WO 2016077706 A1 Patent: Treatment for Wolfram Syndrome and Other Endoplasmic Reticulum Stress Disorders. Filing Date: November 13, 2015. Publication Date: May 19, 2016. Policy Icon Patents

Early benefits of the Wolfram Syndrome study have been observed in two TSBM domains since 2011. In the Clinical & Medical benefits domain, a rating scale for severity of Wolfram Syndrome was published by the Washington University Wolfram Study Group in 2012.4 In 2014, Dantrolene sodium, a drug used to treat muscle spasticity, was identified as a potential therapeutic target as research found that the drug prevented insulin-producing beta cells in human and rodent cell models as well as mouse models of Wolfram Syndrome.5 Orphan disease designation was assigned to Dantrolene sodium for the treatment of Wolfram Syndrome by the U. S.  Food and Drug Administration (FDA),6 followed by the European Medicines Agency.7 A Phase 1b Clinical trial: “A Clinical Trial of Dantrolene Sodium in Pediatric and Adult Patients With Wolfram Syndrome” started in January 2017.8 The purpose of the Clinical trial Phase 1b is to assess the safety and efficacy of Dantrolene sodium on patients’ vision, brain functions, and diabetes in pediatric and adult WS patients. As of January 2018, there were 19 current participants and the estimated completion date is December 2019.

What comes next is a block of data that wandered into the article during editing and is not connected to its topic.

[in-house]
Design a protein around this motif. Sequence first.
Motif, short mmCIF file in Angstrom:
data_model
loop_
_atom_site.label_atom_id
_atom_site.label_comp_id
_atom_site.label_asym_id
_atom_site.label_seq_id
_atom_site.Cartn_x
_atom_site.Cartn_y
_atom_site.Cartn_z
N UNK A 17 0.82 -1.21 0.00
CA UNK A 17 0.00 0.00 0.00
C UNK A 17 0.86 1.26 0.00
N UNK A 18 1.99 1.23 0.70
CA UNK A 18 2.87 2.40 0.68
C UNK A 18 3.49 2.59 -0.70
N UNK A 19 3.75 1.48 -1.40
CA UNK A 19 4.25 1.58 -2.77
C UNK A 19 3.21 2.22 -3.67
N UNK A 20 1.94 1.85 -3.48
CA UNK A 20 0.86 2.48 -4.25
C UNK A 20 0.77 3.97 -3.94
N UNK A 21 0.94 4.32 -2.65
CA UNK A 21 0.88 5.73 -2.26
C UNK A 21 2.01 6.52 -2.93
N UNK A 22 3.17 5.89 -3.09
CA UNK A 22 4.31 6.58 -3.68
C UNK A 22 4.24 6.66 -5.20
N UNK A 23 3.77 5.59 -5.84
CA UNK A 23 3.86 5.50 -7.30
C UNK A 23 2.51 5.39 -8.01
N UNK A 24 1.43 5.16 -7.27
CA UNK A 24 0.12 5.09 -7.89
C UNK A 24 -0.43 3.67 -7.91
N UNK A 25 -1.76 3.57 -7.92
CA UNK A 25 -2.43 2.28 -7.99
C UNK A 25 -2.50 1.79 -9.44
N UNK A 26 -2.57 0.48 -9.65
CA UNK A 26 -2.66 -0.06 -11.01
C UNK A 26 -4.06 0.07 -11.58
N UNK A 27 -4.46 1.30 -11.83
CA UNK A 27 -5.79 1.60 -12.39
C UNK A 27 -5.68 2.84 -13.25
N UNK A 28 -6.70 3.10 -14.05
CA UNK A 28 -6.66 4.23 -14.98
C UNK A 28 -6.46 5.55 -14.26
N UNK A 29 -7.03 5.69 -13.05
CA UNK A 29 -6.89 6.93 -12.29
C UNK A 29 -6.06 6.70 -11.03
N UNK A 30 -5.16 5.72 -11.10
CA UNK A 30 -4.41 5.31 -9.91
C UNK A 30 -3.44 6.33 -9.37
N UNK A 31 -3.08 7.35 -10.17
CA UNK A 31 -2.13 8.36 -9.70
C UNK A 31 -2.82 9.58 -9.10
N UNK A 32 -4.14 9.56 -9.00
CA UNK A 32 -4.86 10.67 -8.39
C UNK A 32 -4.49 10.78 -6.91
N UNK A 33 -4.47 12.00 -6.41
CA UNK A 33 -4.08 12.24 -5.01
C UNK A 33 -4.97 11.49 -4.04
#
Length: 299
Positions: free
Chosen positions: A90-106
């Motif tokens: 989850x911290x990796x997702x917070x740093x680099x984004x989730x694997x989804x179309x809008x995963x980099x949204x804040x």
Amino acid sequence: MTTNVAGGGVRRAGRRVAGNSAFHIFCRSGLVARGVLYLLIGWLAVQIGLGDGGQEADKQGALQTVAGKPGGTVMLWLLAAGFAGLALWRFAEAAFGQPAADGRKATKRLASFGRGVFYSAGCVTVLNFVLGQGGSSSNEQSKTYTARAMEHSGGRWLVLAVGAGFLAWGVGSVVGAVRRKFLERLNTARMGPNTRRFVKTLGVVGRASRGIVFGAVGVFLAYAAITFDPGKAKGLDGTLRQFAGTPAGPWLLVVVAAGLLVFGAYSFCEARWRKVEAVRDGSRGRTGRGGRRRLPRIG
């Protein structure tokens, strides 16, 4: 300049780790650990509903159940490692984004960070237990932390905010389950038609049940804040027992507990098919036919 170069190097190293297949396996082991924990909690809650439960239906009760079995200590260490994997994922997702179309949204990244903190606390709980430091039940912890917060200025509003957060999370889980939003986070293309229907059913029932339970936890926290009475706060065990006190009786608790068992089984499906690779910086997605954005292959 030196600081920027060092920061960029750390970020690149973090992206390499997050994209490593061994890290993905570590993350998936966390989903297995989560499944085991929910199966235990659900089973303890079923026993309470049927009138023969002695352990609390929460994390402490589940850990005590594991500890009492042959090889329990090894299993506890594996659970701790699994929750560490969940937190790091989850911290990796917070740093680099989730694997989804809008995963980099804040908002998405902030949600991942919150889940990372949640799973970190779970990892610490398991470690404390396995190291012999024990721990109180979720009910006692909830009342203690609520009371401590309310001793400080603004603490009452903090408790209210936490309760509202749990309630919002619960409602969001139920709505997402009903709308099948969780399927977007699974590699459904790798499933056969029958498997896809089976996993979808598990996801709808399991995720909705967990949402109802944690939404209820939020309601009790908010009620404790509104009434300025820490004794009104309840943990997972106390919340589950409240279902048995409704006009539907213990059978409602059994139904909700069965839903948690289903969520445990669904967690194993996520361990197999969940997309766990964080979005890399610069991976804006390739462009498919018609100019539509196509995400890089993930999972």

In the Economic benefits domain, a patent, “Treatment for Wolfram Syndrome and Other Endoplasmic Reticulum Stress Disorders” was filed in 2015.  


References

  1. Urano F. Wolfram Syndrome: Diagnosis, management, and treatment. Curr Diab Rep (2016) 16: 6.
  2. Lu S, Kanekura K, Hara T, et al. A calcium-dependent protease as a potential therapeutic target for Wolfram syndrome. Proc Natl Acad Sci U S A. 2014 Dec 9;111(49):E5292-301.
  3. Urano F. CURE4WOLFRAM 4.0. Dr. Urano’s Blog. March 13, 2018.
  4. Nguyen C, Foster ER, Paciorkowski AR, et al. Reliability and validity of the Wolfram Unified Rating Scale (WURS). Orphanet J Rare Dis. 2012 Nov 14;7:89. doi: 10.1186/1750-1172-7-89.
  5. Lu S, Kanekura K, Hara T, et al. A calcium-dependent protease as a potential therapeutic target for Wolfram syndrome. Proc Natl Acad Sci U S A. 2014 Dec 9;111(49):E5292-301. doi: 10.1073/pnas.1421055111.
  6. U.S. Food and Drug Administration. Orphan Drug Designations and Approvals. Dantrolene Sodium Orphan Drug Designation for Treatment of Wolfram Syndrome. February 17, 2016. Available from: https://www.accessdata.fda.gov/scripts/opdlisting/oopd/detailedIndex.cfm?cfgridkey=474515.
  7. European Medicines Agency. Public summary of opinion on orphan designation. EU/3/16/1800. December 12, 2016. Available from: https://www.ema.europa.eu/medicines/human/orphan-designations/eu3161800.
  8. A Clinical Trial of Dantrolene Sodium in Pediatric and Adult Patients With Wolfram Syndrome. ClinicalTrials.gov Identifier: NCT02829268. ClinicalTrials.gov. Available from:  https://clinicaltrials.gov/ct2/show/NCT02829268.